I've had a nagging injury to my shoulder for some time. Slinging around 20 pounds of camera gear certainly hasn't helped it any. So it finally became necessary to have surgery on it. The recovery time is significant, and I've been in and out of a sling for about 4 weeks now. While I wasn't panicked about the surgery itself, I did get a bit nervous about the recovery time, and that I wouldn't be able to go take photographs anytime soon. Now what do I do?
Well as it turns out, there's plenty of ways to keep your photography bug going, even when you can't go out and shoot for some reason!
There's always new techniques that can be learned by reading blogs (this one comes to mind), books, magazines and such. Just looking through books of photographs by artists you admire can provide you with inspiration for when you are able to get back out there. I personally read a ton of blogs and books on photography, though the purpose of my reading has changed over time. I think like most amateurs, I was trying to find that magic recipe to make my photos better. Boy, if I could write that book, I'd be rich! While I still look for ways to improve my photography and my processing, I now know there's no magic to it. You just have to take a lot of pictures to get better!
Speaking of processing, I'll bet like me you've got a lot of photos that haven't been processed; or that you passed over on your initial cull. Well I do like to go back through my images to look for "buried treasure," and now and again I'll find some. I also like to take a new look at previous processed photos, and make a new pass at it. Lightroom just keeps on getting better, and sometimes new processing tools and techniques I've learned along the way, can make a decent photograph better. You can always make a Virtual Copy of the original photo in Lightroom and play until your heart's content, and still have the previous photo to fall back on.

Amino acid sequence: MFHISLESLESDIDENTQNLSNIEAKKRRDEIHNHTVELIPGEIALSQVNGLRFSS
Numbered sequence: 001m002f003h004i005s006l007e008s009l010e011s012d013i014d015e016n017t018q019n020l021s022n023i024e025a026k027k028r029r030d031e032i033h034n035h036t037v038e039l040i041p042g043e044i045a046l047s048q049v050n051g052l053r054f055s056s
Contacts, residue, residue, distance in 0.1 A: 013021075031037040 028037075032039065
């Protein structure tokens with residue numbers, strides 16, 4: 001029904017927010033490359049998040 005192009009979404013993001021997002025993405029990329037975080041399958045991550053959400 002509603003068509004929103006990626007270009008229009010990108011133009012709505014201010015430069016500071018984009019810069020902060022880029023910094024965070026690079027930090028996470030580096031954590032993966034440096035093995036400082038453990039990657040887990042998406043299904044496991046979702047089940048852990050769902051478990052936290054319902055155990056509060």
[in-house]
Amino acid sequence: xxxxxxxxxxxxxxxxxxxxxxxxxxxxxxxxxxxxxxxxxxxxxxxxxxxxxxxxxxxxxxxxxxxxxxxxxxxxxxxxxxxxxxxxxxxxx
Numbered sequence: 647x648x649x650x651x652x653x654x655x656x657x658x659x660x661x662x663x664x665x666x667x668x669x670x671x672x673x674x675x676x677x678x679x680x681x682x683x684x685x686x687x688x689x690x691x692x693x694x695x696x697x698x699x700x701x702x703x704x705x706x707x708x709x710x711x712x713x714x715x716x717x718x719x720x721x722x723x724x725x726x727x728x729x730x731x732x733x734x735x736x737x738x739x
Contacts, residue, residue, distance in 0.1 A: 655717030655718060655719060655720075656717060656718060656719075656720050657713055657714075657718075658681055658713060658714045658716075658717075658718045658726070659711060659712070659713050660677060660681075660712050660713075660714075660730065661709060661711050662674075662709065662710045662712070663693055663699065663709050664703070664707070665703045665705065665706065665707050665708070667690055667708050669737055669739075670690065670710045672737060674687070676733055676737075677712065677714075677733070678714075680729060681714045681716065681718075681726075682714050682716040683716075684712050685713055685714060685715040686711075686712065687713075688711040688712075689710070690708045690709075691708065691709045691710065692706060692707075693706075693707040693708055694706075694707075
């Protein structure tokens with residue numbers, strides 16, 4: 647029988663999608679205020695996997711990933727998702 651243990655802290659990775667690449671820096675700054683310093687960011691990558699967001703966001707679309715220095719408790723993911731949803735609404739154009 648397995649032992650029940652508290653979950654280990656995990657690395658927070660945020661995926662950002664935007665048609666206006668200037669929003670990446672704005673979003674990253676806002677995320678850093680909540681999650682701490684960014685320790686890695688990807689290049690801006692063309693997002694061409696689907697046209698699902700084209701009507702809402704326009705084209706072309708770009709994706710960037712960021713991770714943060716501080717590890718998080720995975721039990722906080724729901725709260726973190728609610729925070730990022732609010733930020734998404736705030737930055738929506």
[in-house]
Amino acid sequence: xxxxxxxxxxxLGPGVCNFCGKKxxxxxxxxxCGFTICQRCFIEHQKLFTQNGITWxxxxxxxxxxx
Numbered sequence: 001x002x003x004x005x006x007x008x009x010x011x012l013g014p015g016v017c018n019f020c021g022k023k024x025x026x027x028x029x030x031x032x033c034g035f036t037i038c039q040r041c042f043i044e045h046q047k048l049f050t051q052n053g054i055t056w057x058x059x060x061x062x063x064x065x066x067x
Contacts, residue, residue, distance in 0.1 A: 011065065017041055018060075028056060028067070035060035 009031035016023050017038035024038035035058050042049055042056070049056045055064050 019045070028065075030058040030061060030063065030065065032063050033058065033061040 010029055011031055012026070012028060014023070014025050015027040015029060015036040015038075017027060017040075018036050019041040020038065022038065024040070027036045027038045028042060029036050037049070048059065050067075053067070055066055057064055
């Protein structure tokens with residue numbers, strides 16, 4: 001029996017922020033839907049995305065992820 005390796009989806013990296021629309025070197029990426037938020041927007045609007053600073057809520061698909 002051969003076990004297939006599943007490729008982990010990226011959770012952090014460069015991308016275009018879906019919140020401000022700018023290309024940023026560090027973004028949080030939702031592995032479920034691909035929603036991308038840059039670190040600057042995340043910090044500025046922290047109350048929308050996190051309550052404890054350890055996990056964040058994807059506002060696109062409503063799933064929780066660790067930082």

And of course, you can always plan and research your next photography outing; be that across town, or across the country. Many times, I'll stubble upon an image on the internet, and research where the location is. Once you find the name of a particular spot, you can look it up on Google Maps for example, and use an aerial view to refine the location. Sometimes even street view will let you see exactly where a shot might have originated from. I'm not one for copying someone else's work (though I'm sure I have), but use it to gain your own ideas about it. You can also research when the best time to visit is, as well as time of day to photograph given the angle of the sun and such.
So if you've been sidelined a bit, or the weather just doesn't allow, don't despair! You can still keep your hand in the game.
Until next time!